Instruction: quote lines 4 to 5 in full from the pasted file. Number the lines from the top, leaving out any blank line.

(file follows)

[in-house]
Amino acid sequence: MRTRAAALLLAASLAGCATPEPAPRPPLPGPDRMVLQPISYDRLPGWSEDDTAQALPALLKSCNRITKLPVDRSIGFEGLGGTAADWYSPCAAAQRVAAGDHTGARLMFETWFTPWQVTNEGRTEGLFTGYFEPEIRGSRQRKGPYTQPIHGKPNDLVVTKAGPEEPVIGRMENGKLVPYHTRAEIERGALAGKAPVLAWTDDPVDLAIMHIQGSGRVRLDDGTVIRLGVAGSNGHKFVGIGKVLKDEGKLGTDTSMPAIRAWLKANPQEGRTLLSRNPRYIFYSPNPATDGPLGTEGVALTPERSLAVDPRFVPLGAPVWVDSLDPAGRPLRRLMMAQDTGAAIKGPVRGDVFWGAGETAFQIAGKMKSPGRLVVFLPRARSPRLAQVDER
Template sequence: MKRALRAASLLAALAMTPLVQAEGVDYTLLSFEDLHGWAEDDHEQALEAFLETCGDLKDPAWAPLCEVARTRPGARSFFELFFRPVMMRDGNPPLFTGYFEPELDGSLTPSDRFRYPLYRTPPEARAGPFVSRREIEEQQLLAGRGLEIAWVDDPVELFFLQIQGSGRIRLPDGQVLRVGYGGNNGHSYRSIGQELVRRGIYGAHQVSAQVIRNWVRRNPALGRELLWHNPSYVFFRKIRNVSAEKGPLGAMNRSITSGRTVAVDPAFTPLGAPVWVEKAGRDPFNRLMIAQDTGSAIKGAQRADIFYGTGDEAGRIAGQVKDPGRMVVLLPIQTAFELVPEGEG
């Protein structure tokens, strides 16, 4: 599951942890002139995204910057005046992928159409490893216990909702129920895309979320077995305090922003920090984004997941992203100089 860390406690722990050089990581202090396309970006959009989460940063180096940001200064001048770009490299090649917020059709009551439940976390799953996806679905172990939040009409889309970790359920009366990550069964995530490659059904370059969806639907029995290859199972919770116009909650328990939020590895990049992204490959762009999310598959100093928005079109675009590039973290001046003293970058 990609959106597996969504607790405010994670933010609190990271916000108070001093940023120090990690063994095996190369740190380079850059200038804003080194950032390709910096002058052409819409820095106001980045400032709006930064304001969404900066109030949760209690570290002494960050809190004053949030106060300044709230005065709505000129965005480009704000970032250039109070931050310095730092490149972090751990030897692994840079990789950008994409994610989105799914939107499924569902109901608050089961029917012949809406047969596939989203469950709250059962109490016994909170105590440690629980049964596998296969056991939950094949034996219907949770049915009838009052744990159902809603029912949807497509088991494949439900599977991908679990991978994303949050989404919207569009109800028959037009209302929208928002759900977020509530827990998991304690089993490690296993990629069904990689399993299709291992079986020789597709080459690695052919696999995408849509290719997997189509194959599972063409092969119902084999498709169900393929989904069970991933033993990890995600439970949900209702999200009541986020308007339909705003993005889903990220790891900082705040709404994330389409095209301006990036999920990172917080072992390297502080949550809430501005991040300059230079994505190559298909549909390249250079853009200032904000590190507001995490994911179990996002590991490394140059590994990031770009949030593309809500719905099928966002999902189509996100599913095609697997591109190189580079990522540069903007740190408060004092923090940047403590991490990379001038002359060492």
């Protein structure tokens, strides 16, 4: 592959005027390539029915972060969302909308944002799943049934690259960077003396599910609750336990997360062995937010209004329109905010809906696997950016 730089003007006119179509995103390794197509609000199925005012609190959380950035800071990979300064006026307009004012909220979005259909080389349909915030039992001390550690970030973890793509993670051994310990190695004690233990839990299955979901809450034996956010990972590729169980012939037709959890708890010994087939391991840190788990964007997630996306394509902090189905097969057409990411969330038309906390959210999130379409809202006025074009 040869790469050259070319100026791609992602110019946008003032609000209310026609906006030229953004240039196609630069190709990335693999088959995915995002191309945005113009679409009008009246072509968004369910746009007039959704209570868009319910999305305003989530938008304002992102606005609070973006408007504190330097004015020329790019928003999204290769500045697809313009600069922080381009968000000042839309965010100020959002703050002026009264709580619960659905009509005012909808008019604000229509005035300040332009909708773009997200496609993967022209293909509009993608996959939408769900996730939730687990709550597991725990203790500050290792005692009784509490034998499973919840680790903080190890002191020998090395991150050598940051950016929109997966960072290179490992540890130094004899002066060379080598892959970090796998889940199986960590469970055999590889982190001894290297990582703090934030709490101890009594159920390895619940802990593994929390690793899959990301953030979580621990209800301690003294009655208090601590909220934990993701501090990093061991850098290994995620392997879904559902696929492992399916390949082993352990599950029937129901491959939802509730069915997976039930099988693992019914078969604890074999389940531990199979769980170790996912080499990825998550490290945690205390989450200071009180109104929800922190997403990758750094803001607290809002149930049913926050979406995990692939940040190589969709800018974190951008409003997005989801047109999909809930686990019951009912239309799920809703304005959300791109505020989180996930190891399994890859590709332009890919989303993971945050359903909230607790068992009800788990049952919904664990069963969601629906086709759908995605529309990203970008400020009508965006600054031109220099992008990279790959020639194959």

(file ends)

């Protein structure tokens, strides 16, 4: 599951942890002139995204910057005046992928159409490893216990909702129920895309979320077995305090922003920090984004997941992203100089 860390406690722990050089990581202090396309970006959009989460940063180096940001200064001048770009490299090649917020059709009551439940976390799953996806679905172990939040009409889309970790359920009366990550069964995530490659059904370059969806639907029995290859199972919770116009909650328990939020590895990049992204490959762009999310598959100093928005079109675009590039973290001046003293970058 990609959106597996969504607790405010994670933010609190990271916000108070001093940023120090990690063994095996190369740190380079850059200038804003080194950032390709910096002058052409819409820095106001980045400032709006930064304001969404900066109030949760209690570290002494960050809190004053949030106060300044709230005065709505000129965005480009704000970032250039109070931050310095730092490149972090751990030897692994840079990789950008994409994610989105799914939107499924569902109901608050089961029917012949809406047969596939989203469950709250059962109490016994909170105590440690629980049964596998296969056991939950094949034996219907949770049915009838009052744990159902809603029912949807497509088991494949439900599977991908679990991978994303949050989404919207569009109800028959037009209302929208928002759900977020509530827990998991304690089993490690296993990629069904990689399993299709291992079986020789597709080459690695052919696999995408849509290719997997189509194959599972063409092969119902084999498709169900393929989904069970991933033993990890995600439970949900209702999200009541986020308007339909705003993005889903990220790891900082705040709404994330389409095209301006990036999920990172917080072992390297502080949550809430501005991040300059230079994505190559298909549909390249250079853009200032904000590190507001995490994911179990996002590991490394140059590994990031770009949030593309809500719905099928966002999902189509996100599913095609697997591109190189580079990522540069903007740190408060004092923090940047403590991490990379001038002359060492």
């Protein structure tokens, strides 16, 4: 592959005027390539029915972060969302909308944002799943049934690259960077003396599910609750336990997360062995937010209004329109905010809906696997950016 730089003007006119179509995103390794197509609000199925005012609190959380950035800071990979300064006026307009004012909220979005259909080389349909915030039992001390550690970030973890793509993670051994310990190695004690233990839990299955979901809450034996956010990972590729169980012939037709959890708890010994087939391991840190788990964007997630996306394509902090189905097969057409990411969330038309906390959210999130379409809202006025074009 040869790469050259070319100026791609992602110019946008003032609000209310026609906006030229953004240039196609630069190709990335693999088959995915995002191309945005113009679409009008009246072509968004369910746009007039959704209570868009319910999305305003989530938008304002992102606005609070973006408007504190330097004015020329790019928003999204290769500045697809313009600069922080381009968000000042839309965010100020959002703050002026009264709580619960659905009509005012909808008019604000229509005035300040332009909708773009997200496609993967022209293909509009993608996959939408769900996730939730687990709550597991725990203790500050290792005692009784509490034998499973919840680790903080190890002191020998090395991150050598940051950016929109997966960072290179490992540890130094004899002066060379080598892959970090796998889940199986960590469970055999590889982190001894290297990582703090934030709490101890009594159920390895619940802990593994929390690793899959990301953030979580621990209800301690003294009655208090601590909220934990993701501090990093061991850098290994995620392997879904559902696929492992399916390949082993352990599950029937129901491959939802509730069915997976039930099988693992019914078969604890074999389940531990199979769980170790996912080499990825998550490290945690205390989450200071009180109104929800922190997403990758750094803001607290809002149930049913926050979406995990692939940040190589969709800018974190951008409003997005989801047109999909809930686990019951009912239309799920809703304005959300791109505020989180996930190891399994890859590709332009890919989303993971945050359903909230607790068992009800788990049952919904664990069963969601629906086709759908995605529309990203970008400020009508965006600054031109220099992008990279790959020639194959």